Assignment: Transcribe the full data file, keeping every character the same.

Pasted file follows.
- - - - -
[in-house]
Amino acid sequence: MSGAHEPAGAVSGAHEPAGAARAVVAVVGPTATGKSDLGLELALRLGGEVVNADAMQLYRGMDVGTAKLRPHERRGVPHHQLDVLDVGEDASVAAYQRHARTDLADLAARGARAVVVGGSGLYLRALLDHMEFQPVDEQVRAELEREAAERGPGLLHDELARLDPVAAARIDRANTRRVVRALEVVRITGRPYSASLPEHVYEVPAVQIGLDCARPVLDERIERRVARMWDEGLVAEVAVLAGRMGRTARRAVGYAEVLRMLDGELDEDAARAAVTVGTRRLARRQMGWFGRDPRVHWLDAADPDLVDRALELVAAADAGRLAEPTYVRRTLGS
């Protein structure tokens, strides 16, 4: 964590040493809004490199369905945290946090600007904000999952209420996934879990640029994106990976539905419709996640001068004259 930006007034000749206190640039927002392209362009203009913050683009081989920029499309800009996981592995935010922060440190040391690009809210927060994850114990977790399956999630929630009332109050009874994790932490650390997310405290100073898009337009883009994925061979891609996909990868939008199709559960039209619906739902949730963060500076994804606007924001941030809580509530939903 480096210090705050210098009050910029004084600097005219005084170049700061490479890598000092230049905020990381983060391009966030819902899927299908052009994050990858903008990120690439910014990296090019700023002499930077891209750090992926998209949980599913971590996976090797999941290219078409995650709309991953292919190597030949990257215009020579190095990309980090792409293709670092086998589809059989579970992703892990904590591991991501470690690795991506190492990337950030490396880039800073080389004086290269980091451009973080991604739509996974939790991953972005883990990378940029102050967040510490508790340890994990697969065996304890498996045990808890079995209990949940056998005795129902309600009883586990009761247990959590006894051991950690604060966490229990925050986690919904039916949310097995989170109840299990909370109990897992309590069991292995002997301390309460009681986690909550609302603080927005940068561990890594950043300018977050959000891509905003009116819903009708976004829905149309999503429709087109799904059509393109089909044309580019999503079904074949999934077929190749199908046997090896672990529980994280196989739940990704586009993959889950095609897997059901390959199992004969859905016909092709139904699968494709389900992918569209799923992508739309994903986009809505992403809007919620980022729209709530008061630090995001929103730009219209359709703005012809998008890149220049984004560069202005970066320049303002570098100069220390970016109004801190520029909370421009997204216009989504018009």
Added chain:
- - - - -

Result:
[in-house]
Amino acid sequence: MSGAHEPAGAVSGAHEPAGAARAVVAVVGPTATGKSDLGLELALRLGGEVVNADAMQLYRGMDVGTAKLRPHERRGVPHHQLDVLDVGEDASVAAYQRHARTDLADLAARGARAVVVGGSGLYLRALLDHMEFQPVDEQVRAELEREAAERGPGLLHDELARLDPVAAARIDRANTRRVVRALEVVRITGRPYSASLPEHVYEVPAVQIGLDCARPVLDERIERRVARMWDEGLVAEVAVLAGRMGRTARRAVGYAEVLRMLDGELDEDAARAAVTVGTRRLARRQMGWFGRDPRVHWLDAADPDLVDRALELVAAADAGRLAEPTYVRRTLGS
């Protein structure tokens, strides 16, 4: 964590040493809004490199369905945290946090600007904000999952209420996934879990640029994106990976539905419709996640001068004259 930006007034000749206190640039927002392209362009203009913050683009081989920029499309800009996981592995935010922060440190040391690009809210927060994850114990977790399956999630929630009332109050009874994790932490650390997310405290100073898009337009883009994925061979891609996909990868939008199709559960039209619906739902949730963060500076994804606007924001941030809580509530939903 480096210090705050210098009050910029004084600097005219005084170049700061490479890598000092230049905020990381983060391009966030819902899927299908052009994050990858903008990120690439910014990296090019700023002499930077891209750090992926998209949980599913971590996976090797999941290219078409995650709309991953292919190597030949990257215009020579190095990309980090792409293709670092086998589809059989579970992703892990904590591991991501470690690795991506190492990337950030490396880039800073080389004086290269980091451009973080991604739509996974939790991953972005883990990378940029102050967040510490508790340890994990697969065996304890498996045990808890079995209990949940056998005795129902309600009883586990009761247990959590006894051991950690604060966490229990925050986690919904039916949310097995989170109840299990909370109990897992309590069991292995002997301390309460009681986690909550609302603080927005940068561990890594950043300018977050959000891509905003009116819903009708976004829905149309999503429709087109799904059509393109089909044309580019999503079904074949999934077929190749199908046997090896672990529980994280196989739940990704586009993959889950095609897997059901390959199992004969859905016909092709139904699968494709389900992918569209799923992508739309994903986009809505992403809007919620980022729209709530008061630090995001929103730009219209359709703005012809998008890149220049984004560069202005970066320049303002570098100069220390970016109004801190520029909370421009997204216009989504018009």
Added chain: